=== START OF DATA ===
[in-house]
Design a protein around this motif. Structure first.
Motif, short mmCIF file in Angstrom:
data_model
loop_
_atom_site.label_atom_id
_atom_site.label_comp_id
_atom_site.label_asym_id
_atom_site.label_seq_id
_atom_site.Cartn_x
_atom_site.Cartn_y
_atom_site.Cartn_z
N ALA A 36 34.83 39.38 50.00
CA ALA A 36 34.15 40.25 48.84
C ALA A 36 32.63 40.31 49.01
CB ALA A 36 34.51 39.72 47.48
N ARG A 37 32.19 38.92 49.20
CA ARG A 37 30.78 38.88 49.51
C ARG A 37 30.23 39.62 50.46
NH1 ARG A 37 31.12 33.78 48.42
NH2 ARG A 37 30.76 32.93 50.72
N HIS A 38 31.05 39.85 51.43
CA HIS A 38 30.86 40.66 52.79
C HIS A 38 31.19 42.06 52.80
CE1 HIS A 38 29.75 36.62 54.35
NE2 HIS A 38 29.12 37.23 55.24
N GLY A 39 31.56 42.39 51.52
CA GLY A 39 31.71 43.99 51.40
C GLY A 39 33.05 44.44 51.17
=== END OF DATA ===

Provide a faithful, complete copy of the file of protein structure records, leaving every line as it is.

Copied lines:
[in-house]
Design a protein around this motif. Structure first.
Motif, short mmCIF file in Angstrom:
data_model
loop_
_atom_site.label_atom_id
_atom_site.label_comp_id
_atom_site.label_asym_id
_atom_site.label_seq_id
_atom_site.Cartn_x
_atom_site.Cartn_y
_atom_site.Cartn_z
N ALA A 36 34.83 39.38 50.00
CA ALA A 36 34.15 40.25 48.84
C ALA A 36 32.63 40.31 49.01
CB ALA A 36 34.51 39.72 47.48
N ARG A 37 32.19 38.92 49.20
CA ARG A 37 30.78 38.88 49.51
C ARG A 37 30.23 39.62 50.46
NH1 ARG A 37 31.12 33.78 48.42
NH2 ARG A 37 30.76 32.93 50.72
N HIS A 38 31.05 39.85 51.43
CA HIS A 38 30.86 40.66 52.79
C HIS A 38 31.19 42.06 52.80
CE1 HIS A 38 29.75 36.62 54.35
NE2 HIS A 38 29.12 37.23 55.24
N GLY A 39 31.56 42.39 51.52
CA GLY A 39 31.71 43.99 51.40
C GLY A 39 33.05 44.44 51.17